“It is very rewarding to be able to get information out to families and for them to be so engaged,” she said, adding, “It is so important for us to build trust and to be able to bring information and services to those communities where they are at.”

Martin added that she was also impressed by how quickly the health department provided bilingual staff members.

“It was less than two weeks out, and I told the health department, ‘I’m sorry, I know this is last minute, but this is not going to work without Spanish speakers,’” she said, “and it was four hours later, and they came back and said, ‘We got four for you.’”

The Alliance returned to Country Living just a week later on March 24 — this time with the Hispanic Liaison — to schedule vaccine appointments for the mass vaccination clinic the health department held at St. Julia Catholic Church back on March 27. That day, Wilkerson said they scheduled 55 appointments — and all for Hispanic residents.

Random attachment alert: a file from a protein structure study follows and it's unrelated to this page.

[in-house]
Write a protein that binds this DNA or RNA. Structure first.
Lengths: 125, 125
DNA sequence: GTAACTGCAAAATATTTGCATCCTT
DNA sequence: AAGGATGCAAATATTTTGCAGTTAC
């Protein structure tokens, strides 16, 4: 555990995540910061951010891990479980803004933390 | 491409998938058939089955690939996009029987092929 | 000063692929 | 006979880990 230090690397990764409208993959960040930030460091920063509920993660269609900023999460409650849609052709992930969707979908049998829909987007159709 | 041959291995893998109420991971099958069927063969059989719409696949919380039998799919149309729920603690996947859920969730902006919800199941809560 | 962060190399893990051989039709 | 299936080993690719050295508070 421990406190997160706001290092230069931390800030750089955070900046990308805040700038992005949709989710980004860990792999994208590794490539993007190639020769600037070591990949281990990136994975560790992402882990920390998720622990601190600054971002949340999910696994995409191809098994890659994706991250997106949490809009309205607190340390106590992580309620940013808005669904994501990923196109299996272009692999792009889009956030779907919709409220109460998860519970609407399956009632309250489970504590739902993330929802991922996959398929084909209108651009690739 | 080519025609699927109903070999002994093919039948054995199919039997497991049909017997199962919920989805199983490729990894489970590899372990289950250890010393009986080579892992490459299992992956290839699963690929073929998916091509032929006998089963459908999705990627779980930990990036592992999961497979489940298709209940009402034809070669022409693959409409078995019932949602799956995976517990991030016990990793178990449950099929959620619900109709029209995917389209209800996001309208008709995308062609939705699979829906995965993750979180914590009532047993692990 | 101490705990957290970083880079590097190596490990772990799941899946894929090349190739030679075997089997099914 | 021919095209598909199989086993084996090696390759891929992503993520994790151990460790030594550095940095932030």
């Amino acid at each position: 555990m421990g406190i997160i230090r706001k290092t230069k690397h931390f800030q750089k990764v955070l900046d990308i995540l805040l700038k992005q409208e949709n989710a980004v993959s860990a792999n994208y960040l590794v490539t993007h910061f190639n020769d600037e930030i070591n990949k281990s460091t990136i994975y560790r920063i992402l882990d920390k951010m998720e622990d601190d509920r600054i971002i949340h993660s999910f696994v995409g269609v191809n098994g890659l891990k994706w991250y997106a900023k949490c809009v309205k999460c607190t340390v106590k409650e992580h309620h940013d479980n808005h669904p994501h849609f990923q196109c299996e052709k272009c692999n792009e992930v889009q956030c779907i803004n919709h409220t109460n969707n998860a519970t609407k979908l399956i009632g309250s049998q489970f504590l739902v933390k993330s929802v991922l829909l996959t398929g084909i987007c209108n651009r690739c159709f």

“Over the last two weeks through the outreach events we’ve done, including these hubs, they’ve had 400 people say they found out about getting signed up for the vaccine through those outreach events,” Wilkerson said. “We know that 30 people who got appointments specifically said the reason you know to call me is because of the Inter-Faith Food Shuttle Resource Hub event, but that’s just people who offered up that information, so it was probably more.”

According to Martin, the Alliance plans to continue these events and bring them to different Spanish-speaking neighborhoods across Chatham County in partnership with CIS, the health department and the Food Shuttle.

“The Food Shuttle was really pleased with how many people turned out and they were the ones that said, ‘Let’s keep doing more of this,’ and gave me some more dates,” she said. “So that’s turning into a really fruitful partnership, I think.”

The next Resource Hub/Food Shuttle event will be from 11 a.m. to 4 p.m. on April 13 at Love’s Creek in Siler City, Martin said. They’ll once again be handing out free hot meals, educating residents about the COVID-19 vaccine and perhaps scheduling people for appointments.

“We would love to partner with the Food Shuttle for those events as much as we can because we know that food brings people out and we can give them the resources we have,” added Wilkerson. “ … We’ve been all around the county, and we’re looking to continue to locate everywhere we can.”

Reporter Victoria Johnson can be reached at